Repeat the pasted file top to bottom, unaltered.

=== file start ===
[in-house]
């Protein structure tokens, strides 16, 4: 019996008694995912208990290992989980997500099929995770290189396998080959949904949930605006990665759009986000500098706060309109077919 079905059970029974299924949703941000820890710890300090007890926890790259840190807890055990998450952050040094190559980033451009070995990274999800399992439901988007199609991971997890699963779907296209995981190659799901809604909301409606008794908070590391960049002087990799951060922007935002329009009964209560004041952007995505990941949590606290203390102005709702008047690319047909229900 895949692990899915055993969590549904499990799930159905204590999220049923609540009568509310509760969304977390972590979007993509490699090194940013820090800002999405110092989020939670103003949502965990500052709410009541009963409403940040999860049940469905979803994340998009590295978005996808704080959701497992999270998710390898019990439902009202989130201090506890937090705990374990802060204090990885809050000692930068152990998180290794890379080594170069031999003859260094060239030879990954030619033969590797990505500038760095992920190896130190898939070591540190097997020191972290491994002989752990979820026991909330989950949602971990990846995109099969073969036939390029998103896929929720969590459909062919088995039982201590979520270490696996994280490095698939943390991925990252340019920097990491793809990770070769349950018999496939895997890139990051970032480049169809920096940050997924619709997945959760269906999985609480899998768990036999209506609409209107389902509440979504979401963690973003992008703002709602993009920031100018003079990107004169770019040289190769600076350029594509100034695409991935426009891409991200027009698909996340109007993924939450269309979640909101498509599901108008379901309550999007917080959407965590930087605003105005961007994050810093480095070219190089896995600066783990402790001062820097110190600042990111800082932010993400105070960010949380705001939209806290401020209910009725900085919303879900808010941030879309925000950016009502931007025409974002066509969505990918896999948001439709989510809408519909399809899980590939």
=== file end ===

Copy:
[in-house]
């Protein structure tokens, strides 16, 4: 019996008694995912208990290992989980997500099929995770290189396998080959949904949930605006990665759009986000500098706060309109077919 079905059970029974299924949703941000820890710890300090007890926890790259840190807890055990998450952050040094190559980033451009070995990274999800399992439901988007199609991971997890699963779907296209995981190659799901809604909301409606008794908070590391960049002087990799951060922007935002329009009964209560004041952007995505990941949590606290203390102005709702008047690319047909229900 895949692990899915055993969590549904499990799930159905204590999220049923609540009568509310509760969304977390972590979007993509490699090194940013820090800002999405110092989020939670103003949502965990500052709410009541009963409403940040999860049940469905979803994340998009590295978005996808704080959701497992999270998710390898019990439902009202989130201090506890937090705990374990802060204090990885809050000692930068152990998180290794890379080594170069031999003859260094060239030879990954030619033969590797990505500038760095992920190896130190898939070591540190097997020191972290491994002989752990979820026991909330989950949602971990990846995109099969073969036939390029998103896929929720969590459909062919088995039982201590979520270490696996994280490095698939943390991925990252340019920097990491793809990770070769349950018999496939895997890139990051970032480049169809920096940050997924619709997945959760269906999985609480899998768990036999209506609409209107389902509440979504979401963690973003992008703002709602993009920031100018003079990107004169770019040289190769600076350029594509100034695409991935426009891409991200027009698909996340109007993924939450269309979640909101498509599901108008379901309550999007917080959407965590930087605003105005961007994050810093480095070219190089896995600066783990402790001062820097110190600042990111800082932010993400105070960010949380705001939209806290401020209910009725900085919303879900808010941030879309925000950016009502931007025409974002066509969505990918896999948001439709989510809408519909399809899980590939």